Being Green Makes me Bitchy – Why Beige isn’t Green

If it Looks and Acts Like an Elephant, you can’t call it a Turtle.

So did you get my color reference in there? Yeah… I learned all my primary colors in Kindergarten. Well most of them anyway, still not a fan of mauve and what the hell is greige? Anyway, lets not get too off topic today.

I figured something this size would be hurled at me. Courtesy of http://www.cepolina.com

First, I have to say I’m so glad the post from this morning (remember, me being bitchy?) took off like a storm and got a few of you to actually think about sustainable design. Personally I thought that I might be akin to a stoning whereby you all took sustainably harvested pebbles and aimed for my head (or my typing fingers… whichever you prefer).

So far the post has been up about 9 hours and I’ve only gotten one stone.  I’m OK with that.  I expected that I’d get at least one.  Luckily it is a stone from someone I respect in the Twitter-sphere so I’m good. No bruises or concussions just yet. (Though I may still need a morning vodka & soda to get this post going)

The stone related to whether or not I’m trying to force feed sustainable design to my clients and whether or not you as designers should do the same.  Let me preface by saying that I would never force feed  my clients (most of them are hungry enough because their kitchens have been in a state of disarray for a month and they’ve been eating take out for waaaay too long!).  Should you be telling them to use the Vetrazzo recycled glass slab in lieu of the totally awesome Onxy they’ve been swooning over since they saw it in AD three months ago?  NO.  Not at all.  Give your clients what they want.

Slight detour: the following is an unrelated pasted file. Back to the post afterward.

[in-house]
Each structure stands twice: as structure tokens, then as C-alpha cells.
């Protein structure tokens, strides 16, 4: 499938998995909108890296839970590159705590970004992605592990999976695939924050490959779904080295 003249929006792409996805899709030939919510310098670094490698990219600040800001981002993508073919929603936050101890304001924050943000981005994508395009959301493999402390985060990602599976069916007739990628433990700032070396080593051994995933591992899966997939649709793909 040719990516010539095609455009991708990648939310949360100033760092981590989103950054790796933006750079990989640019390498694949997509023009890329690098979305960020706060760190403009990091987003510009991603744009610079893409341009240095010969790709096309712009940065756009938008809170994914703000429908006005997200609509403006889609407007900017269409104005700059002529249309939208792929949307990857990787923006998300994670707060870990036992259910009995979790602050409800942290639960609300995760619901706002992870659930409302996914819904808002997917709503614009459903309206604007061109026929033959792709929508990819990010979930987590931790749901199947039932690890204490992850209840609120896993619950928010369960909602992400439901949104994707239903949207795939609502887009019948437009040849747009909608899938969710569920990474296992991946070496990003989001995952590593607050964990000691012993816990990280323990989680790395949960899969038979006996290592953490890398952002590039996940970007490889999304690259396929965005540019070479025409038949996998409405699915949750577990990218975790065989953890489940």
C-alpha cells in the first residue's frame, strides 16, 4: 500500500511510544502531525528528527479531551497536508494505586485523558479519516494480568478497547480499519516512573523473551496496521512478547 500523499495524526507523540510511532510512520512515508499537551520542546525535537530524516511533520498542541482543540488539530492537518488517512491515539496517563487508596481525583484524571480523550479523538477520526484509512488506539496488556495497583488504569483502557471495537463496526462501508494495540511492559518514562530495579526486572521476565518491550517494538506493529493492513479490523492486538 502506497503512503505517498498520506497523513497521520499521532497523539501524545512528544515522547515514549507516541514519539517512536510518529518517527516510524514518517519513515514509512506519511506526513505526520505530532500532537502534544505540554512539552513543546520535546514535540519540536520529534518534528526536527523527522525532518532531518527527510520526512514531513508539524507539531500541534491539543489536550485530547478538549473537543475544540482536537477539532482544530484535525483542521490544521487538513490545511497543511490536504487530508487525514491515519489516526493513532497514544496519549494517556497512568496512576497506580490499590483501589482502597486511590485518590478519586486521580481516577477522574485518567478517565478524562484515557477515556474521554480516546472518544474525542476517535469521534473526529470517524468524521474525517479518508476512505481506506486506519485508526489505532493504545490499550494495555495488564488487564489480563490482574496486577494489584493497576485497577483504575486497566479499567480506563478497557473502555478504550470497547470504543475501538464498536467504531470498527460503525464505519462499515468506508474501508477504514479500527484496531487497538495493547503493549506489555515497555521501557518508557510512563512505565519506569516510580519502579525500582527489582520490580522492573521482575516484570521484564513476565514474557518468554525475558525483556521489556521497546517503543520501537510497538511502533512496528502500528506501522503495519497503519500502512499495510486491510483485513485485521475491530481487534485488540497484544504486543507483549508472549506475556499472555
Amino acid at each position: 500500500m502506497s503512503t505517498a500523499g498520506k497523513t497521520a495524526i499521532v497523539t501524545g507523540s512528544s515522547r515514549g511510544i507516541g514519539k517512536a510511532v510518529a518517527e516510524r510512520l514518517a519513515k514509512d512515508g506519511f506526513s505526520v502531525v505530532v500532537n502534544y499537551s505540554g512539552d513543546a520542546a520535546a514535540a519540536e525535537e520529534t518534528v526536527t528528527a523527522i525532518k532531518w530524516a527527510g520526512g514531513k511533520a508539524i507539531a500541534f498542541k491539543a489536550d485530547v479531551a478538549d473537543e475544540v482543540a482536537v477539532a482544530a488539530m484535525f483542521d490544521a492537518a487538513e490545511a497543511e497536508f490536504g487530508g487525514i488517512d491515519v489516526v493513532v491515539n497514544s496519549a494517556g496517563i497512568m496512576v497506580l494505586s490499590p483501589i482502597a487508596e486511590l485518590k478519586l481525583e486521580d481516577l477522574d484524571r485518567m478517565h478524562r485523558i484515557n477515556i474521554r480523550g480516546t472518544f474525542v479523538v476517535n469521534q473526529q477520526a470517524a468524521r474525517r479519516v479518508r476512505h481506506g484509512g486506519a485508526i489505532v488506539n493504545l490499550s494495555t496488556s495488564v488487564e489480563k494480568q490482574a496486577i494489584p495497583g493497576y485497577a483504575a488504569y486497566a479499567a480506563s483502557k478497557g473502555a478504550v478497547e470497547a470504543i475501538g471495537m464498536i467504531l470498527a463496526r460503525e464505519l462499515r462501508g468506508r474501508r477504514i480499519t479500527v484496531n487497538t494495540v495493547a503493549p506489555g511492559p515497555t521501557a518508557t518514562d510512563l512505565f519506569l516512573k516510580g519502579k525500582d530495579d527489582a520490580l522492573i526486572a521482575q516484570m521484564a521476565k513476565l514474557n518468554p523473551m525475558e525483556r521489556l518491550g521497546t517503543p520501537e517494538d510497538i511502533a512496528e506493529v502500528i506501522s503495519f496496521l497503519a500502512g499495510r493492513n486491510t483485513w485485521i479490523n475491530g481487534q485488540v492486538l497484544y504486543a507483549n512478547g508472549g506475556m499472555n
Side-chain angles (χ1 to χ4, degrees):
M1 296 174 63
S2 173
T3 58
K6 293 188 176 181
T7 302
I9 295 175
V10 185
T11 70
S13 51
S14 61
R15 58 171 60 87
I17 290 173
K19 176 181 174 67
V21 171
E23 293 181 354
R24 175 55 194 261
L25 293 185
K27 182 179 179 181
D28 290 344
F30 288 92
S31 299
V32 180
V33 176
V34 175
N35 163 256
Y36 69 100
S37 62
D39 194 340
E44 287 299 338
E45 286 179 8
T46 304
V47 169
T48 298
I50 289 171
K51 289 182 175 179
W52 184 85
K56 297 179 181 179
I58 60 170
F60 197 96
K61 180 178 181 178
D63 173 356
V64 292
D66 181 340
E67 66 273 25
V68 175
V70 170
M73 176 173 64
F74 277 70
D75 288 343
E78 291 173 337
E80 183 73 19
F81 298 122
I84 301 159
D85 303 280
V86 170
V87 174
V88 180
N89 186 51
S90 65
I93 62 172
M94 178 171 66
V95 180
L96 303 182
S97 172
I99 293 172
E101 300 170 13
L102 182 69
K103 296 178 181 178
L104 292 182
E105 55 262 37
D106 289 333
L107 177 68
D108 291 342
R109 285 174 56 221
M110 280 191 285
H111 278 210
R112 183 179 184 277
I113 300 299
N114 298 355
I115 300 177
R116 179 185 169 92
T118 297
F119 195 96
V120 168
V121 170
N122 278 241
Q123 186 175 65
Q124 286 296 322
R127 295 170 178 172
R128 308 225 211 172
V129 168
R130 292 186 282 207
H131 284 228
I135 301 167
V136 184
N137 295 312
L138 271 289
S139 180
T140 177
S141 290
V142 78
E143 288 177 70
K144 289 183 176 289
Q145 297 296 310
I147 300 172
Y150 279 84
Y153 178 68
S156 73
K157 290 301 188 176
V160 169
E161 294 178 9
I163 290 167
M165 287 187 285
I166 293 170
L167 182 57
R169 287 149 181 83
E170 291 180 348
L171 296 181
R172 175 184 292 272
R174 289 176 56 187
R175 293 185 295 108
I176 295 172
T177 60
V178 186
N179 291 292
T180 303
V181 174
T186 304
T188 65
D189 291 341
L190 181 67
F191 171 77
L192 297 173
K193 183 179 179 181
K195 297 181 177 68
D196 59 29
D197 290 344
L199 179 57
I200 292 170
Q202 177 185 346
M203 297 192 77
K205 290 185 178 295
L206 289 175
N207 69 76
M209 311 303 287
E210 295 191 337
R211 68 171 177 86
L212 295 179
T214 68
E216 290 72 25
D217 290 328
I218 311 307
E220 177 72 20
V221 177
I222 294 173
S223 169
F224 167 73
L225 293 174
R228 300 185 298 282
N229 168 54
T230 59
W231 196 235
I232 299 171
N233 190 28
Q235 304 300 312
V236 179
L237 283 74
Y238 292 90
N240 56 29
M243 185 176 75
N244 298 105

HOWEVER, I can assure you that your clients are not telling you they don’t want recycled cotton denim insulation, drywall made of natural materials, or a caulking material that is low in VOC.  I can also say that unless your client is a Sheik or Lord of something or other they’re probably not telling that they don’t want to save a few dollars on their energy bills and maybe might want to get that Federal tax rebate and stick it to the Proverbial Man (Wanna hear my JFK conspiracy theory?).  And if you do have clients telling you no then more power to them because they actually pay attention to details and give a damn about something more than aesthetics. I praise you for finding them.

What's in your wall?

So here’s the 411. I happened to mention in a tweet that first, you as a designer must define what it means to be green. Simple enough right?  But here’s the deal… if you do nothing more than recycle the cardboard from your appliance shipment and you repurpose a couch you’re about as green as I am Canadian.  (The point there was that I’ve tracked my heritage to the 1400’s and still no Canadian in my blood as much as I’d love be distantly related to one Ms. Meredith Heron @meredithheron, she’s awesomeness x 10) So therein lies my title.  You can’t design for beige and call it green. It just doesn’t work that way.